The games. The brackets. The takeout food. The lost sleep. The last-second shots that remind you this is the best three weeks in sports, even once your bracket is toast.

March Madness is back and we’re here to bring you our annual A to Z look at the whole glorious spectacle.

If you need an excuse for the boss, we’ll write you one.

We’re good at writing things.

A is for Akeem Springs, a senior guard for Minnesota. I’ve been to Akeem Springs in Minnesota. Lovely lodge there. Good fly fishing.

B is for the best names in the NCAA men’s tournament. There are so many good ones this year, Giddy Potts of Middle Tennessee and Dayton’s Scooche Smith didn’t make the starting five. These names did: Deng Adel, Louisville (say it fast, it’s fun); Norbertas Giga, Jacksonville State; Nana Foulland, Bucknell; Sviatoslav Mykhailiuk (Svi to his friends), Kansas; and Lourawls “Tum Tum” Nairn Jr., Michigan State.

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C is for the UConn Invitational that the NCAA women’s tournament has become. Connecticut has won an NCAA record 107 straight games and is going for its fifth straight NCAA title and 12th overall. Great for UConn, but bad for women’s basketball, which needs more contenders, not one superpower.

D is for Dick Vitale, who is in a running war of words with Arkansas coach Mike Anderson after the Razorbacks’ Moses Kingsley was ejected for a hard foul on Kentucky’s DeAaron Fox in the SEC tournament. “That doesn’t make you a man, that makes you a mouse,” Vitale said. Anderson said Vitale didn’t even know Kingsley’s name, calling him “Beasley.”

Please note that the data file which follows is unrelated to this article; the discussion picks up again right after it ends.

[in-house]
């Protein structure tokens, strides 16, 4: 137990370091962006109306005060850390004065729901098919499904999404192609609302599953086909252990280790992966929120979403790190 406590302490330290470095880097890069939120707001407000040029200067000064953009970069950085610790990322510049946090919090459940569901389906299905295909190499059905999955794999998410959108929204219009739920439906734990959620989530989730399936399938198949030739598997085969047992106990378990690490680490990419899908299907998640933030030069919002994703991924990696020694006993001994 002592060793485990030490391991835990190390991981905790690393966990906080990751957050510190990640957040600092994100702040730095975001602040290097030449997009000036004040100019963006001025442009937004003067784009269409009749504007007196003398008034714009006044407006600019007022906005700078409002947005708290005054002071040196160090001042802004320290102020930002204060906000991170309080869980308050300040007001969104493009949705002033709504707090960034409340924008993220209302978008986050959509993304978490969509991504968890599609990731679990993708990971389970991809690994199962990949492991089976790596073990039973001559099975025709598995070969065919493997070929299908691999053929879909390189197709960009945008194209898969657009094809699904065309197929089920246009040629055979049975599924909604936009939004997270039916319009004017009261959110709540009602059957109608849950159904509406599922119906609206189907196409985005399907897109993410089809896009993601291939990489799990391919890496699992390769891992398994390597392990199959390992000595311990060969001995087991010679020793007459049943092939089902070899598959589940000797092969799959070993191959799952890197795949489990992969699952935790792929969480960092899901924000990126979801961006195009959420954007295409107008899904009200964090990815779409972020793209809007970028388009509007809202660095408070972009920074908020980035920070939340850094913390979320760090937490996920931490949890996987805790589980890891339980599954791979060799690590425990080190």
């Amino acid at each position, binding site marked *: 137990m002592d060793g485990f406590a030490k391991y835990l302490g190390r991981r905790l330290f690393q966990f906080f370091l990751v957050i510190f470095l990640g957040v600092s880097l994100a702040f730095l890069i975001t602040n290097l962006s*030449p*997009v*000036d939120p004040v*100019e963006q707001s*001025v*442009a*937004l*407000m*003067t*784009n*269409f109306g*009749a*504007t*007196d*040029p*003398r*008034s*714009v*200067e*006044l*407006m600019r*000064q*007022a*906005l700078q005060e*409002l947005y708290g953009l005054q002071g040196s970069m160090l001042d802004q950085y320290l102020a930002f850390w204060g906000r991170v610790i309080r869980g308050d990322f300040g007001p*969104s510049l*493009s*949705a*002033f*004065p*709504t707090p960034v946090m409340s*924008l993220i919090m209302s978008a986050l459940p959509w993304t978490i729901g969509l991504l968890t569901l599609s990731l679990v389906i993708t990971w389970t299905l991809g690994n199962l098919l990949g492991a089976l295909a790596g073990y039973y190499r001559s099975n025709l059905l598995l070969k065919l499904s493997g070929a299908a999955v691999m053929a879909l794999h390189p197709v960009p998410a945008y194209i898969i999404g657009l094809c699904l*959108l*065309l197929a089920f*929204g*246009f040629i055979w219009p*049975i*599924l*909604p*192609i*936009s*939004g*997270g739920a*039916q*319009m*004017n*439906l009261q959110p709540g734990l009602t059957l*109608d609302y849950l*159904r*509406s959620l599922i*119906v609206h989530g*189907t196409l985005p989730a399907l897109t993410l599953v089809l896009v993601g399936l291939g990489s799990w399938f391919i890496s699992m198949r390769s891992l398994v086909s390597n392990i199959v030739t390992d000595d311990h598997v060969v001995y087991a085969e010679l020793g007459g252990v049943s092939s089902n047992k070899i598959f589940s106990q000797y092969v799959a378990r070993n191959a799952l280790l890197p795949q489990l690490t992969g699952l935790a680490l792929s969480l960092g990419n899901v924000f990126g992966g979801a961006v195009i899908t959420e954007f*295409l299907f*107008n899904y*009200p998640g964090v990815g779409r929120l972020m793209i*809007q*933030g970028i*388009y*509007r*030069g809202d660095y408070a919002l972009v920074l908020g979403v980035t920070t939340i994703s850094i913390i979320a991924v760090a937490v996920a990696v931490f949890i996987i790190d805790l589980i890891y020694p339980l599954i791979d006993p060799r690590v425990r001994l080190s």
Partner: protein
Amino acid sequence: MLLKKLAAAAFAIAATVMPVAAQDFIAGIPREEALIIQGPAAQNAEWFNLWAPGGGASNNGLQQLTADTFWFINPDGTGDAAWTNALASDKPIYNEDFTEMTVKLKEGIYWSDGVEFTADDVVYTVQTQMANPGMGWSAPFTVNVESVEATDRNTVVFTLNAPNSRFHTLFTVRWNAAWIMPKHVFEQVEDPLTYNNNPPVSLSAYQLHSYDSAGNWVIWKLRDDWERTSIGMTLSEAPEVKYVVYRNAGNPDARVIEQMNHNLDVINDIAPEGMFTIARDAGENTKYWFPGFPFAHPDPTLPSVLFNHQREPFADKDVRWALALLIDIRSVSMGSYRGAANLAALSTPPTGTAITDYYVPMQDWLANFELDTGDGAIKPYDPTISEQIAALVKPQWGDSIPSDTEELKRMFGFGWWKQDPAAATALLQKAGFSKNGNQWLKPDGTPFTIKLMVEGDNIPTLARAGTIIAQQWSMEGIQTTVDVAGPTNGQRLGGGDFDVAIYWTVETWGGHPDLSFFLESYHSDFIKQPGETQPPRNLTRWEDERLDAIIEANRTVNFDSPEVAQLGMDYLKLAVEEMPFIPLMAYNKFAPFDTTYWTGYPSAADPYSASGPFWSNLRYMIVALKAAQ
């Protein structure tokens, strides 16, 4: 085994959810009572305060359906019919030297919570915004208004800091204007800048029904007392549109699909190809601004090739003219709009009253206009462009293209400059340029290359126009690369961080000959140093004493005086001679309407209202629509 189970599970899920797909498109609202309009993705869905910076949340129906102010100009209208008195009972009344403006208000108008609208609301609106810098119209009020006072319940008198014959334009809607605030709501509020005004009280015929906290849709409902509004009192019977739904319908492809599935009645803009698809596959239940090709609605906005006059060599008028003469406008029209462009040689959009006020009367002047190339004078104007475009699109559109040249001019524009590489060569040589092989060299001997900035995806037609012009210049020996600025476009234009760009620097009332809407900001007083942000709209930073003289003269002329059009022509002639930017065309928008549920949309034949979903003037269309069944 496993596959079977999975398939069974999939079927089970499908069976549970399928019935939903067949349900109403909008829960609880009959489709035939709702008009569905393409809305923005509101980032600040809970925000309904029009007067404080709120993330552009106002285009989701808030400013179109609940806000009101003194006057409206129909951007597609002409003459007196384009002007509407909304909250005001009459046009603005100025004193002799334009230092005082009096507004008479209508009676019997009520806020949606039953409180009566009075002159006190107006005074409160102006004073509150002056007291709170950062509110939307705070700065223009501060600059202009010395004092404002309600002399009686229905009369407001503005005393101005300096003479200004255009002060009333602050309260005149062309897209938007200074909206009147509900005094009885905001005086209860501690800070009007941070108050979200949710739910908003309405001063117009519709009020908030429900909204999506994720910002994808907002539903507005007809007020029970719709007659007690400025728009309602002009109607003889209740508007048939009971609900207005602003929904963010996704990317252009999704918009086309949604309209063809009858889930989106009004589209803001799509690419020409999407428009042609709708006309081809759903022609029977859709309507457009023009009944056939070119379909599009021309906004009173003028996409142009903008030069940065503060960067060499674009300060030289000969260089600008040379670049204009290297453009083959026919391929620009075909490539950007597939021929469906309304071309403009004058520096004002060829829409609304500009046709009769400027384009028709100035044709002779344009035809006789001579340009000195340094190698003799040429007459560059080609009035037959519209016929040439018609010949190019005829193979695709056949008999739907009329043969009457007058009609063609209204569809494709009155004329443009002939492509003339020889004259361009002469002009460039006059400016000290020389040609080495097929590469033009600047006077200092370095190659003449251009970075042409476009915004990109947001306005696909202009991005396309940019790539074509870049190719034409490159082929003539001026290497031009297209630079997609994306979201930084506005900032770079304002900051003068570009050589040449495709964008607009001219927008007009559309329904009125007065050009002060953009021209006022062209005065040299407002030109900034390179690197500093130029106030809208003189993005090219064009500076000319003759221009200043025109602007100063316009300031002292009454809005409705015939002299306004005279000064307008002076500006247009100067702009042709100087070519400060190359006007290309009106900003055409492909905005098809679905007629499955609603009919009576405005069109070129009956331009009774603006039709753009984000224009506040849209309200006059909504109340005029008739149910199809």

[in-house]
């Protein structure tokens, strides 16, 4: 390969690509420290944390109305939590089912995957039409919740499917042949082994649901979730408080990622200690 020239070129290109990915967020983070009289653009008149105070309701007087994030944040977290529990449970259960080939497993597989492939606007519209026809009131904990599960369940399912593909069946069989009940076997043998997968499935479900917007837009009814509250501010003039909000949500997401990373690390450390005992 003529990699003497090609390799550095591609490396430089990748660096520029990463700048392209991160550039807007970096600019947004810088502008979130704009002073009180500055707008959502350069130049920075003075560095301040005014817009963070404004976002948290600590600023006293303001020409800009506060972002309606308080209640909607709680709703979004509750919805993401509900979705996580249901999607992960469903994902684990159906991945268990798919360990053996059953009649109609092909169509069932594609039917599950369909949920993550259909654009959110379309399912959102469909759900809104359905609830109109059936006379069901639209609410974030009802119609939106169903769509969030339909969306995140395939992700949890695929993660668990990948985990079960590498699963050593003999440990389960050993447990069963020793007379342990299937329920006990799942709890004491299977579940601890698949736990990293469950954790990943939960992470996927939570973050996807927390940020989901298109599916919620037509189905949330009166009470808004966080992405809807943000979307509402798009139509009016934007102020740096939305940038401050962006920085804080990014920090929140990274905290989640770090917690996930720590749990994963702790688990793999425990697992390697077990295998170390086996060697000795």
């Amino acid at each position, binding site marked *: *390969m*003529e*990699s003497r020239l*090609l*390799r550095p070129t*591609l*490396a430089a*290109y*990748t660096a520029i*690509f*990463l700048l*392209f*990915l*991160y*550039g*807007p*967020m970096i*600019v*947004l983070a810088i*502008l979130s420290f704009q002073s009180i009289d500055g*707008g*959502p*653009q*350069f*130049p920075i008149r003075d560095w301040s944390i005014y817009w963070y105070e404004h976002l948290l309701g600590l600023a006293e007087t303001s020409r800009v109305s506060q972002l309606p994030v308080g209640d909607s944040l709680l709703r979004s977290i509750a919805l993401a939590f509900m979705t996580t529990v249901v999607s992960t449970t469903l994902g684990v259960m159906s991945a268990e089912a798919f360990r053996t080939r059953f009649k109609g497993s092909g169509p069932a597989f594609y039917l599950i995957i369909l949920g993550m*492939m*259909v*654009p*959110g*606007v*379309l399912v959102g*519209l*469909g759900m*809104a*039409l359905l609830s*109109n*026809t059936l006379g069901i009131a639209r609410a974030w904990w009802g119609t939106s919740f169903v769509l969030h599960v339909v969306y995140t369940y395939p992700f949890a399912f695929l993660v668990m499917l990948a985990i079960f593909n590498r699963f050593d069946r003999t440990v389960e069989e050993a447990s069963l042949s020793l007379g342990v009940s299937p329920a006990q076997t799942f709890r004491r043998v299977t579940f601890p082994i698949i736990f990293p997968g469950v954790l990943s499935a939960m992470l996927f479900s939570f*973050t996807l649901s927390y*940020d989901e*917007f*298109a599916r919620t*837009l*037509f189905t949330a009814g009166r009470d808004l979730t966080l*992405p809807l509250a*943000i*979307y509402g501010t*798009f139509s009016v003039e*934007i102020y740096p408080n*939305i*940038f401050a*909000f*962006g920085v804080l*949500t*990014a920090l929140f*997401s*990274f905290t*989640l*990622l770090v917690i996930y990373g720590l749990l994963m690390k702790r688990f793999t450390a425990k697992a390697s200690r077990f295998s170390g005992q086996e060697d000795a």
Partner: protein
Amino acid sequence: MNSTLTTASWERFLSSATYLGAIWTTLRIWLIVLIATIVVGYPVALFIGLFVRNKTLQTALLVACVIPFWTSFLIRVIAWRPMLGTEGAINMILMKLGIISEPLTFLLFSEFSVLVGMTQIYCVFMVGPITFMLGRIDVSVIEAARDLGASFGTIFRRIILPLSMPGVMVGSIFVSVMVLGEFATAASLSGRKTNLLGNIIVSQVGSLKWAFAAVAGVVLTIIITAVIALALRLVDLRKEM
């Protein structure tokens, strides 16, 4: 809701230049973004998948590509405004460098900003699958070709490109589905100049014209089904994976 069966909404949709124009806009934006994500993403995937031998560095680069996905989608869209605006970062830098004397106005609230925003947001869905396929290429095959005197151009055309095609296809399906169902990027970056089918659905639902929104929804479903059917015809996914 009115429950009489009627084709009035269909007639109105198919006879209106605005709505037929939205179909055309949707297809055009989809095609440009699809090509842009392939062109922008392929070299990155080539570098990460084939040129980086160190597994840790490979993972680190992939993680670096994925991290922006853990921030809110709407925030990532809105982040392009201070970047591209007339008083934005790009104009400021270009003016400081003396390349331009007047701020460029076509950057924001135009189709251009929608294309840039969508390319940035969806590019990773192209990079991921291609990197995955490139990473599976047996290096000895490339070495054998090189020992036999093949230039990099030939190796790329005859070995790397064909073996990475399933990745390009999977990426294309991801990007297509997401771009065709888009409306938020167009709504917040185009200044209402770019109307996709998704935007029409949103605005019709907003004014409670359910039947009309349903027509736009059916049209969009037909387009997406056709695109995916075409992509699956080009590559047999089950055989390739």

E is Elaine Benes of “Seinfeld” fame. Work with me here. Elaine was played by Julia Louis-Dreyfus. Her son, Charlie Hall, is a sophomore walk-on for Northwestern, which is in the NCAA tournament for the first time. Louis-Dreyfus and actor hubby Brad Hall are Northwestern alums, by the way.

F is for NCAA first timers. Aside from Northwestern, there’s UC Davis, Jacksonville State, North Dakota and Northern Kentucky in the men’s tournament; Elon and Texas Southern in the women’s. LSU would play TSU in the second round if the Lady Tigers beat California and the other Lady Tigers beat Baylor in Waco.

Yeah, right.

G is for Glendale, Arizona, not Phoenix, which is hosting the Final Four for the first time. It’s also the first time the Final Four has been west of San Antonio since 1995.

H is for the Harvard women, still the only No. 16 seed in either tournament to upset a No. 1 (Stanford, 1998). Men’s No. 16s are a combined 0-128 … and counting.

I is for Rhode Island’s Kuran Iverson, cousin of Allen Iverson. He got the boot at Memphis in 2015, transferred to URI and is a big reason the Rams made the NCAA for the first time since 1999.

J is for Junior Robinson, the 5-foot-5 Mount St. Mary’s guard who is the shortest starter in Division I men’s basketball. He’ll have to stand tall Thursday against No. 1 overall seed Villanova.

K is for Mike Krzyzewski. Would you believe I spelled it right without looking? Neither would I.